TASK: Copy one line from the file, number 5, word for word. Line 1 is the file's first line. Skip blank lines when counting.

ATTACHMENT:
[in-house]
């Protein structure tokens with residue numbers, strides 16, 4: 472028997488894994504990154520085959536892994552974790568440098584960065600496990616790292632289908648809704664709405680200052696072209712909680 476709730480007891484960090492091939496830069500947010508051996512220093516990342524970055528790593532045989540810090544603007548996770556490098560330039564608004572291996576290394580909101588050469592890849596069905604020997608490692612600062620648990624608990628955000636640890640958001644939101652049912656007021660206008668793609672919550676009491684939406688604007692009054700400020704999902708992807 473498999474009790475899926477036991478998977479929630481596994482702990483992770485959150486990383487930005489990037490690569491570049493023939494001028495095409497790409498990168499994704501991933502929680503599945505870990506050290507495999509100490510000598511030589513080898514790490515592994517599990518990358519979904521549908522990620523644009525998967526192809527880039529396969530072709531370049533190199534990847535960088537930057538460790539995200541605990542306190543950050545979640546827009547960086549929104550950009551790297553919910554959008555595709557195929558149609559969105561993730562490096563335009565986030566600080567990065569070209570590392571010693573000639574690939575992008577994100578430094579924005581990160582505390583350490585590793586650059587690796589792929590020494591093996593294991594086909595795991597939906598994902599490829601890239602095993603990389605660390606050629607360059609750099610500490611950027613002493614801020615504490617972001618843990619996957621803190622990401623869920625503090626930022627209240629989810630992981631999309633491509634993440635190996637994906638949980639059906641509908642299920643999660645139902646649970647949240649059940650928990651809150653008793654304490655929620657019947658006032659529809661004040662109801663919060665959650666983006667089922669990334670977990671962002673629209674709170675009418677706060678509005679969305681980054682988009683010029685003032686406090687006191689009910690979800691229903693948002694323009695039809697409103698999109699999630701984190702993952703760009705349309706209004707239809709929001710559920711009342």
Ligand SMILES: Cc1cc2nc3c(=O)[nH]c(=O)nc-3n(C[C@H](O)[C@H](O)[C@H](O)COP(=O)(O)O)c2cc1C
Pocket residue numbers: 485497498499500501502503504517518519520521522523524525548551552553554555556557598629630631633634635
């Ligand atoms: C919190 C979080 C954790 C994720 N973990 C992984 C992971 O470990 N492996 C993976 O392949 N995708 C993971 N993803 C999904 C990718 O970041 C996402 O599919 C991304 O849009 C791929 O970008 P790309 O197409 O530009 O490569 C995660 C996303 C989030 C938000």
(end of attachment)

């Ligand atoms: C919190 C979080 C954790 C994720 N973990 C992984 C992971 O470990 N492996 C993976 O392949 N995708 C993971 N993803 C999904 C990718 O970041 C996402 O599919 C991304 O849009 C791929 O970008 P790309 O197409 O530009 O490569 C995660 C996303 C989030 C938000």